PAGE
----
How to Treat Free Fecal Water

Do you have a horse that has water that runs out of the anus before, during or after he poos?

This condition now has a name! Free Fecal Water, or FFW. And also, happily it now has some research behind what may cause it as well as a potential treatment.

If it is something you struggle with, read on!

There were multiple presentations on free fecal water at the EEHNC conference. Here is a summary of the main points:

FFW is a condition in which horses produce normal feces, but before, during or after defecation, free water runs out of the anus.

There appears to be no effect on general health associated with the condition, but it can cause skin irritation and it becomes a management (and appearance) issue for you as the owner.

Causes can include abrupt changes in forages, a change from hay to haylage and use of large amounts of high-moisture wrapped forages. Horses that have suffered previous bouts of colitis, geldings and paint horses are at higher risk. The association for geldings and paints is thought to be due to their position in social hierarchy and higher levels of stress.

Dental health and parasitic infections/fecal egg counts have not been found to be related.

There may be some sort of motility disturbance, with either increased gut motility or abnormally strong gut contractions, and inflammation of the gut involved, all reducing the hindguts ability to absorb water.

It was recommended that management of free fecal water focuses around proper ration formulation to provide a balanced diet using ingredients that will support a healthy gut environment (we of course recommend FeedXL to help with this), as well as good feeding management to provide regular small meals and constant access to forage. It was also recommended to keep starch at a maximum of 1 g/kg bodyweight per meal.

You should also pay attention to the type of forage and fibre being fed, being sure to incorporate fibres that have good water holding capacity. Grass forages for example will hold more water toward the end of the hindgut than alfalfa/lucerne forage or a superfibre like beetpulp will hold.

The final point discussed was potential treatment using a fecal transplant from a healthy horse. In a study with 14 horses with free fecal water, all showed improvement 3 days after being treated via fecal transplant and 2 months after treatment, 7 of the 14 horses had had no re-occurrence of the condition. (Theelen, unpublished). Laustsen et al (2018) reported a second study in which 10 horses with FFW were treated using fecal transplant (or fecal microbiome transplant, FMT). Within a week of treatment their free fecal water score dropped in severity and remained low for the entire 12 month study, supporting the use of fecal transplant for treatment of these horses.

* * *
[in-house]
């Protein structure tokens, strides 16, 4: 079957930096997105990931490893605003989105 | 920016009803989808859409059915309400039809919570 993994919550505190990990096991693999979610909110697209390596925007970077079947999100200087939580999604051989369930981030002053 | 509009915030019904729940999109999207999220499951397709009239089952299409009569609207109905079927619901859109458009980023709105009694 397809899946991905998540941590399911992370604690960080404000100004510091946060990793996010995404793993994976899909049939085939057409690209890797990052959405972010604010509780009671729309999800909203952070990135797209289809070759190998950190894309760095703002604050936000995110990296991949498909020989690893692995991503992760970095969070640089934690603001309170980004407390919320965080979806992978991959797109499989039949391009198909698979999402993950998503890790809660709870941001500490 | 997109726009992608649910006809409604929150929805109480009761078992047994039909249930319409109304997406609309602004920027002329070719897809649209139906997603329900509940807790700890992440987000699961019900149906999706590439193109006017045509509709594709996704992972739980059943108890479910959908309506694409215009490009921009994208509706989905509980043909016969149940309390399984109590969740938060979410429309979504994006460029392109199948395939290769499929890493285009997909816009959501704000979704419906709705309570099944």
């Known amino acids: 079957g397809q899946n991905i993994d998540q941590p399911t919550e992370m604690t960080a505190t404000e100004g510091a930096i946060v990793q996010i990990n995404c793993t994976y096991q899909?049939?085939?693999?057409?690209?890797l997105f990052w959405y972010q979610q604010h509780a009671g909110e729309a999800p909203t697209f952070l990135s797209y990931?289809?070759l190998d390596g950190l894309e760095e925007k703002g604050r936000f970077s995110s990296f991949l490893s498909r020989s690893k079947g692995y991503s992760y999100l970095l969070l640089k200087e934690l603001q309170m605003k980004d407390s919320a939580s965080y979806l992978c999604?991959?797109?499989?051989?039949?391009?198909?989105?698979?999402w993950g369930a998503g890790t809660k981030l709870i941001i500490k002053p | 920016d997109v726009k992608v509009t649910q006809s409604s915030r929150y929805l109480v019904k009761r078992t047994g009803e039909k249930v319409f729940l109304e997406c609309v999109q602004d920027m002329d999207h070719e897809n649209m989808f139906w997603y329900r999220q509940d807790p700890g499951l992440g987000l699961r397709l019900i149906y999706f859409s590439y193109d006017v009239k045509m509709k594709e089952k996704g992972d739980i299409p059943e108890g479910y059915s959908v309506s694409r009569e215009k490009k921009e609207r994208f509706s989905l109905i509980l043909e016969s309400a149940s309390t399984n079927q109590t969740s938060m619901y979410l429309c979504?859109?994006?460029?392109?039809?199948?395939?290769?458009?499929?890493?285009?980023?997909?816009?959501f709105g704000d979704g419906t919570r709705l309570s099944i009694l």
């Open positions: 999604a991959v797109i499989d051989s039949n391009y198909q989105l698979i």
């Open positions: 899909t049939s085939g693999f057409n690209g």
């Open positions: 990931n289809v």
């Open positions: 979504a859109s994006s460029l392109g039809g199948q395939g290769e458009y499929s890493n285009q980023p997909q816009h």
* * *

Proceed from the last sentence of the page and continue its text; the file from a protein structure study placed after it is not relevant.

The researchers were careful to point out that all other possible causes of this condition must be ruled out prior to treatment via fecal transplant. They suggested radiographing the abdomen to look for sand, a full rectal exam, testing for parasites, ruling out irritable bowel disease and scoping for gastric ulcers.

The method for the fecal transplant treatment given was as follows:

  1. Place horse on omeprazole (full treatment dose) for a couple of days prior to fecal transplant (this will just cut the acid production in the stomach and make it more likely that the bacteria will make it through alive). GREAT IDEA!!
  2. Take 500 grams of fresh feces from a suitable donor (one who is on a high forage diet with a healthy hindgut and parasite free).
  3. Mix the feces in 2 litres of luke warm water, sieve to remove large particles and then add 100 grams of grass or other fibre only pellets (make sure they are grain free with a very low starch and sugar content). Other options would be alfalfa, soybean hull, beet fibre or lupin hull pellets.
  4. Administer via gastric intubation (this is a veterinary procedure and must be carried out by your veterinarian).

If you try this treatment on your horse we would love to know the outcome! I have had much success over the years using fecal transplant in horses with chronic diarrhea, but don’t have experience using it with these free fecal water horses. And the omeprazole step is a brilliant idea, I’d always worried about the poor bacteria getting through the highly acidic stomach, so makes perfect sense to make the stomach environment a little friendlier for them and I imagine it will only serve to improve the effectiveness of the treatment.

Reference: Mathijs et al (2019) Free Faecal Water: What do we know and can equine faecal microbiota transplantation be used to manage this issue? European Equine Health and Nutrition Congress, Utrecht, The Netherland

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